Monday, 17 June 2013
Sichuan (Szechuan) Dry Fried Four Season Beans 干煸四季豆
Another famous Szechuan(Sichuan) classic dish. Like the Gong Bao chicken and Fish Fragrant aubergine before it, this frequently appears on my twitter timeline and is a dish beloved by all it would seemed. With all these delicious looking images cropping up on my screen, it's only a matter of time before I finally succumbed to my inner cravings. And so, I decided to cook this tasty classic for a quick supper recently.
Dry-frying is a popular technique of cooking in Szechuan cuisine. The beans are first stir-fried in a dry work slowly until cooked which gives them their signature 'wrinkle' look and a smoky aroma before cooking in a savoury sauce. These days, it is more commonly deep fried in oil to achieve the same effect while saving time.
I have eaten many versions of this dish. Some with minced pork and some without; there's the inclusion of dry chillies in some; and then there are those with Tianjing yacai (a famous Sichuan preserved vegetable) etc. Here is a version that I grew up with. My mum uses dried shrimps and Fuling zhacai (preserved mustard), my absolute favourite of all the varieties of Szechuan preserved vegetables. I love this dish so much I can eat copious amount without ever being tired of it. And just so you know, despite being intended to serve two to four people in the following recipe, I ate it all by myself. That just show you how good this is.
Ingredients (Serve 2-4 )
450g green beans
2 tbsp dried shrimps (hae bee)
25g Szechuan preserved vegetable (this is sold either whole or shredded. Both are good for this)
sunflower or vegetable oil , for deep frying
2 garlic clove, finely chopped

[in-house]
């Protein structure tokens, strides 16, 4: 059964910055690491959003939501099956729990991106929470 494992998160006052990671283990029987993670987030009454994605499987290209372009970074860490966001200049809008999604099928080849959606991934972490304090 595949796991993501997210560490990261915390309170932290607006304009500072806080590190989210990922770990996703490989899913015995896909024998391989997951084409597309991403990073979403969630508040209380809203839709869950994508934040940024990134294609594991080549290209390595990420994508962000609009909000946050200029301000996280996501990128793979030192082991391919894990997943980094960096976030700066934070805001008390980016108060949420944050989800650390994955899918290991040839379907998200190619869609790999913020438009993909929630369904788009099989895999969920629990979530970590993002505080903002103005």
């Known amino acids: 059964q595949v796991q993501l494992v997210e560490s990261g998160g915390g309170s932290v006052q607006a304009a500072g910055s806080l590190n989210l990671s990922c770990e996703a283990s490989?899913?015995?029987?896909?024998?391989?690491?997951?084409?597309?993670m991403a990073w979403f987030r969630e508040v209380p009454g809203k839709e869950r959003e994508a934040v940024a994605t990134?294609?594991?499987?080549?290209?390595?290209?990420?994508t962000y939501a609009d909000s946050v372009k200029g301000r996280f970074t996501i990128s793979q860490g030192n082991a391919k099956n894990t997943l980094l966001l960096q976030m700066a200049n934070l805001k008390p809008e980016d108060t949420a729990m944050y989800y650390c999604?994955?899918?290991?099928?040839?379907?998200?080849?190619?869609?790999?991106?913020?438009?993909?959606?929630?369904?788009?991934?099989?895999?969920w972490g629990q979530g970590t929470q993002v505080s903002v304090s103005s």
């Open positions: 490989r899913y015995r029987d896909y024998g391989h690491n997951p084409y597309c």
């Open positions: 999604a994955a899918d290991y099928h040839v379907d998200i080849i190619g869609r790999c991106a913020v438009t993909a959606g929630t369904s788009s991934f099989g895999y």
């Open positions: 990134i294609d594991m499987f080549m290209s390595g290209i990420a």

1 tbsp finely chopped ginger
1 tbsp soy sauce
1 tbsp chilli bean paste (Toban Jiang)
1 tsp sugar
1 tsp roasted sesame oil
2 spring onion, cut into thin rings
sea salt, to taste
Soak the shrimps in hot water for 15 minutes. Drain and finely chopped. Reserve the soaking liquid.
Rinse the preserved vegetables with plenty of running water. Drain and finely chopped.
Fill the wok with enough oil and heat to 180ºC. Test by dropping a small piece of stale bread, it should sizzle and browns in 30 seconds. Fry the green beans in batches, taking care not to overcrowd the wok, for 4-5 minutes, until they wrinkle. Remove and drain on kitchen paper. Repeat with the rest of the green beans.
Pour away all but 2 tablespoons of oil and return the wok back to the heat. Turn up the heat to high and when smoking, add the garlic, ginger and stir-fry for 30 seconds, until fragrant. Add the shrimps and chopped preserved vegetable and cook for 1 minute before adding the soy sauce, chilli bean paste, sugar and 3 tablespoon of the reserved soaking liquid.
Return the beans to the wok and stir-fry for 2-3 minutes, until most of the liquid have been absorbed and the beans are thoroughly coated with the sauce.
Add the sesame oil,spring onion and season with salt to taste. Give everything in the work a final toss to combine before removing from the heat. Serve with some steamed rice.